Planning Your Lab
Setting up a lab your own lab from scratch takes a substantial, time-intensive effort with considerable expense. It requires certifications and ongoing safety documentation. When you are in the early stages of launching a business, this may involve more effort and cost than you can spare. If you are at a university, they may allow you to conduct sponsored research in your university lab (at some negotiated cost and with conflict of interest details worked out), which saves much of this effort. However, if that option is not available, or you are not employed at a university or similar institution, temporary solutions until your business is more established include:
- Collaborating with an existing lab, for example, renting bench space or using the established lab in their off hours
- Engaging the assistance of a lab or a research organization to conduct all or part of the research for you.
- Renting lab space in an incubator, which is defined as:
- An organization that supports the growth and success of startups by providing physical and service needs such as physical workspace, shared facilities, guidance, and some funding. Some incubators will allow you to rent bench space, offices, and use of specialized services, such as cell culture, when you need them.
Examples of Incubators
- 65 U.S. Biotech and Pharma Incubators
- Digital Health Institute for Transformation. Incubator specifically for companies developing remote health monitoring.
- TheraNova – Medical device incubator located in San Francisco
- ThePink Ceiling: Led by Cindy Eckert, who started two health-related companies, her “Pinkubator” supports women-focused business ideas with funding and information.
A lab location that all key personnel can access will facilitate communication and expedite productivity (Chitale et al., 2022). If you are not located near a center for life science research and biotechnology businesses, such as Boston, San Francisco, San Diego, or Research Triangle in NC as it will facilitate hiring, networking, and collaborations.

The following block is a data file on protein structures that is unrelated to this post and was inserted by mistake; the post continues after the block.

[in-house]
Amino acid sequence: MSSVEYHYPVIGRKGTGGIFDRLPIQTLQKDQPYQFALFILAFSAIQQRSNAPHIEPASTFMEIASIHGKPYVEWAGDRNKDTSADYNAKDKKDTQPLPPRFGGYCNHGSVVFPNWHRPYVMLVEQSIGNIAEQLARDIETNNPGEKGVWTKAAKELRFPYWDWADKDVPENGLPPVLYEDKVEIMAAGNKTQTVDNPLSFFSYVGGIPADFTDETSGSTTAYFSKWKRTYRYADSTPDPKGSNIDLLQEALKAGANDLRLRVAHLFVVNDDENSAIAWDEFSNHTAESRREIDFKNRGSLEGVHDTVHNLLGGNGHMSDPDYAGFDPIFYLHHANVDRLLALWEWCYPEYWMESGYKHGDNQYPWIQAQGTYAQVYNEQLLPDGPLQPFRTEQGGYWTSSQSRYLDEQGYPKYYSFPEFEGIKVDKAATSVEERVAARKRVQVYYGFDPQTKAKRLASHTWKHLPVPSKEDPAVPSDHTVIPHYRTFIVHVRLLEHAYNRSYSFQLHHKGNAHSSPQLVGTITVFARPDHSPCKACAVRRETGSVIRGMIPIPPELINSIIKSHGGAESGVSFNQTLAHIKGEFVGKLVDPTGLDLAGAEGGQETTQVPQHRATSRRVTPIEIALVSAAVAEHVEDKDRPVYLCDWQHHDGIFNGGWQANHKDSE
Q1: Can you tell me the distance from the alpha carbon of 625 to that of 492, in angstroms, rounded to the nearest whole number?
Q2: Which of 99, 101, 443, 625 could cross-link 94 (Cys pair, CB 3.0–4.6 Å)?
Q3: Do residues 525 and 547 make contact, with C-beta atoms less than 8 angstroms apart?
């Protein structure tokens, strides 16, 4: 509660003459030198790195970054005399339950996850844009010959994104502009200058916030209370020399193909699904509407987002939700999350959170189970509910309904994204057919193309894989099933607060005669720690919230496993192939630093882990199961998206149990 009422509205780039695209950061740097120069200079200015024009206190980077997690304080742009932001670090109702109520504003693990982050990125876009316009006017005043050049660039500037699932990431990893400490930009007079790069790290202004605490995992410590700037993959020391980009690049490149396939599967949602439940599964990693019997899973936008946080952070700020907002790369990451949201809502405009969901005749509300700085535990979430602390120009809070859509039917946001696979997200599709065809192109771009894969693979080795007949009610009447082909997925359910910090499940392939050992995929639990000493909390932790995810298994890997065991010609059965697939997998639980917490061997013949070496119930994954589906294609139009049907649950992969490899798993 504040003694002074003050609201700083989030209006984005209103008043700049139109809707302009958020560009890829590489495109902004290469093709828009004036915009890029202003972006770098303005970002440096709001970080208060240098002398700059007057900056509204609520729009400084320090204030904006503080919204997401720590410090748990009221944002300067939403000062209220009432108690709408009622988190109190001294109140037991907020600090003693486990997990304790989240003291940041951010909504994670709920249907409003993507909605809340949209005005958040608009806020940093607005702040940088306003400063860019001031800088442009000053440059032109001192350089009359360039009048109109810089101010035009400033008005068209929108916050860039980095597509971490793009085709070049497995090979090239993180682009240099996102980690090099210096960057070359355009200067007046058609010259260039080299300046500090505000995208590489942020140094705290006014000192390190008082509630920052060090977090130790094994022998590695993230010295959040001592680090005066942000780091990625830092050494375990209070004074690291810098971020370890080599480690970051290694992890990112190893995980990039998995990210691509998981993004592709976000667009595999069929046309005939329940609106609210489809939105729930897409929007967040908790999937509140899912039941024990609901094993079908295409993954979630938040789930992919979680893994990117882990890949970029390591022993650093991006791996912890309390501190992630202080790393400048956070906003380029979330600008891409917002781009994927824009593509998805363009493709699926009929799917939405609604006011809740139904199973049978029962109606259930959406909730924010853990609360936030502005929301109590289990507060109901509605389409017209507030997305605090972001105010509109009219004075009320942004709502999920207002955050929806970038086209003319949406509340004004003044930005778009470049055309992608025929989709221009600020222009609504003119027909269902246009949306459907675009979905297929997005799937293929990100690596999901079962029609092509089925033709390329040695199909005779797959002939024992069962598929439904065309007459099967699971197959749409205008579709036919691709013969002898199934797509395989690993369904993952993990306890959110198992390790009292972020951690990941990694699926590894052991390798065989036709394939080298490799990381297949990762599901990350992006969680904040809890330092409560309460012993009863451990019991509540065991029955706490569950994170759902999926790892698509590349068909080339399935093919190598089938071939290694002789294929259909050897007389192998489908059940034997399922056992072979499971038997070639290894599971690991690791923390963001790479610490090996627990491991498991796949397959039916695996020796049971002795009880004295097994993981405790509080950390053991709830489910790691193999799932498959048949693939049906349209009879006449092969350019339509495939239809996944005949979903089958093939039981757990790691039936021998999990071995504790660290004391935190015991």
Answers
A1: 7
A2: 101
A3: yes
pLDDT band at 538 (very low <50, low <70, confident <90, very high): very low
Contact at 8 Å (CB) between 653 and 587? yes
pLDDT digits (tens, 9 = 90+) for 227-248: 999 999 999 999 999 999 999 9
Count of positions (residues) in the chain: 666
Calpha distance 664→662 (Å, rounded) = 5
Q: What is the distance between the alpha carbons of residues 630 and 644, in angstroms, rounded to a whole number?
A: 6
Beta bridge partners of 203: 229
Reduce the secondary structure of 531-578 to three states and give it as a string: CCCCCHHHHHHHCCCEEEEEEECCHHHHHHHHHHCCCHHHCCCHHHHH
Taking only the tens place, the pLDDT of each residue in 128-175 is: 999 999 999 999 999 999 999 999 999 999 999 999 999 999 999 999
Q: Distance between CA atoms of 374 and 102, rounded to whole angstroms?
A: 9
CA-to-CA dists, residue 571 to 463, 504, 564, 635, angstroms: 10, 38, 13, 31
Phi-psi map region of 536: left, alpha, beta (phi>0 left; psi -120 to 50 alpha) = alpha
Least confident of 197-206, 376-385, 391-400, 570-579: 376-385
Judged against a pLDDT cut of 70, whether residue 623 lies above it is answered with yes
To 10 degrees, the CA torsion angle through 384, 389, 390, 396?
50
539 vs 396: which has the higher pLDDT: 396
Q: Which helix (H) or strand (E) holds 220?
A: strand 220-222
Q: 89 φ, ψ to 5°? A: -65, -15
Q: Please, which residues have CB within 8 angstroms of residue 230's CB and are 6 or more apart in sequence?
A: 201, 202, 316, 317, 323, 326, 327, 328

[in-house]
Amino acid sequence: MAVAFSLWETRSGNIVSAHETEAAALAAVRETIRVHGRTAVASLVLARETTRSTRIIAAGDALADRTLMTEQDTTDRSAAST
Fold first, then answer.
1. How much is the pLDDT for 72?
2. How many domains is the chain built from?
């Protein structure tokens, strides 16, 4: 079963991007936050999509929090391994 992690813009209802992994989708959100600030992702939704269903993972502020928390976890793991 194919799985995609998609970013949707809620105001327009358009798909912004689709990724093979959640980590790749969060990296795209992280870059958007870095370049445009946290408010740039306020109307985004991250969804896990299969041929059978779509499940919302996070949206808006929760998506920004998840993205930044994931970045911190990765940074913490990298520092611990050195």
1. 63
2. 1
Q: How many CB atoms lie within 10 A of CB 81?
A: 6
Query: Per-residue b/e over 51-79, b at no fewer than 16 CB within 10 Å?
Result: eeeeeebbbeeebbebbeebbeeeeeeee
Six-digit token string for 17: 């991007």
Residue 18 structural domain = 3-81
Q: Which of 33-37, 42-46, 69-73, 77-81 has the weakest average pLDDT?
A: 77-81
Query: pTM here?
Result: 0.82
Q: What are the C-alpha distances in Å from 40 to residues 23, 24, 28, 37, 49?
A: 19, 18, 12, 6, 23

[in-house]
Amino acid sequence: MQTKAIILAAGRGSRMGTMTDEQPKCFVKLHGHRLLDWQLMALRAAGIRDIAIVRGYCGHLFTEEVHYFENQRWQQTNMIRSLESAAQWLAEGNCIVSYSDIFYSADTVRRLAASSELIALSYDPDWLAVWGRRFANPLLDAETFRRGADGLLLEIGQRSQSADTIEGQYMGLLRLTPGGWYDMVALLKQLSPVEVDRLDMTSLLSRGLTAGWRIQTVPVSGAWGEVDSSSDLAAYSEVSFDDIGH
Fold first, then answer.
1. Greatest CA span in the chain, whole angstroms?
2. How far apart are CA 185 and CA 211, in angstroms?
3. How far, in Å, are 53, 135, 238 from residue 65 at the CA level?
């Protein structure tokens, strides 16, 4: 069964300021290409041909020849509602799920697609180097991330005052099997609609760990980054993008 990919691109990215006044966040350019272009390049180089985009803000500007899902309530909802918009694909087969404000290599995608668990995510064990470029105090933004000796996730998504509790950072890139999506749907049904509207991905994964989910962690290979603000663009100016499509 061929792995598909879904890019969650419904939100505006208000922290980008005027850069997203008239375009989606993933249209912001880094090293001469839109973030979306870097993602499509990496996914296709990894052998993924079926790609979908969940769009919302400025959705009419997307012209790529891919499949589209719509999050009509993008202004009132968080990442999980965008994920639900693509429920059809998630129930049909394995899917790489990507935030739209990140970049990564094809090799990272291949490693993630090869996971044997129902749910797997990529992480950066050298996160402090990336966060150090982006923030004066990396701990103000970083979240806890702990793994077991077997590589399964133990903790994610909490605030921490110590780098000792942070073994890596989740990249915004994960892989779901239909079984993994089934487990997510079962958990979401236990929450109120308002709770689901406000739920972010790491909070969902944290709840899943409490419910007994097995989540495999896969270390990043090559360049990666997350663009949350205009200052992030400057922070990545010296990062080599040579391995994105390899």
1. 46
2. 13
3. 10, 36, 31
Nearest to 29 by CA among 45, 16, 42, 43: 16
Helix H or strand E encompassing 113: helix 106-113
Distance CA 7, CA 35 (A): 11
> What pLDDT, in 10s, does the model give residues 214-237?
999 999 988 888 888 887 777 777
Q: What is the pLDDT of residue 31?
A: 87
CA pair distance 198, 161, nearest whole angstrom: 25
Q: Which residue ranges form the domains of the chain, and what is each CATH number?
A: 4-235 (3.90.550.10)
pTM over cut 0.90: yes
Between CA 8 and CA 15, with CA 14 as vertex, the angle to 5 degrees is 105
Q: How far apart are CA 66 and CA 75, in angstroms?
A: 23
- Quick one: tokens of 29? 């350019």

Contract Research Organizations
Early companies may be able to plan to contract with a Contract Research Organization (CRO) to develop part of the product or run a clinical trial, and it may not count toward dollar limits on subcontracting made by granting institutions. Discuss with the program director at the institute to which you are submitting your proposal whether this is an option for you.
Read More: (External Resource) As Needs Change, the CRO Industry Adapts. By Genetic Engineering & Biotechnology News.
The Federal Laboratory Consortium (FLC) for Technology Transfer
The FLC promotes development and technology transfer from lab to market by providing resources, education and training, tools, and services and promotes federal research through a national network with 6 regional offices over 300 federal laboratories. They partner with businesses, academia, and individuals. These resources and facilities help some businesses develop their products or facilitate finding a partner. They offer collaborative research access to experts, state-of-the-art facilities, specialized equipment, innovation, and some end users, such as the military.
Kistin, D. Your One-Stop Shop for Federal Laboratory Information – Webinar, FLC Mid Continent, Sandia National Laboratories 2020; SBIR Road Tour.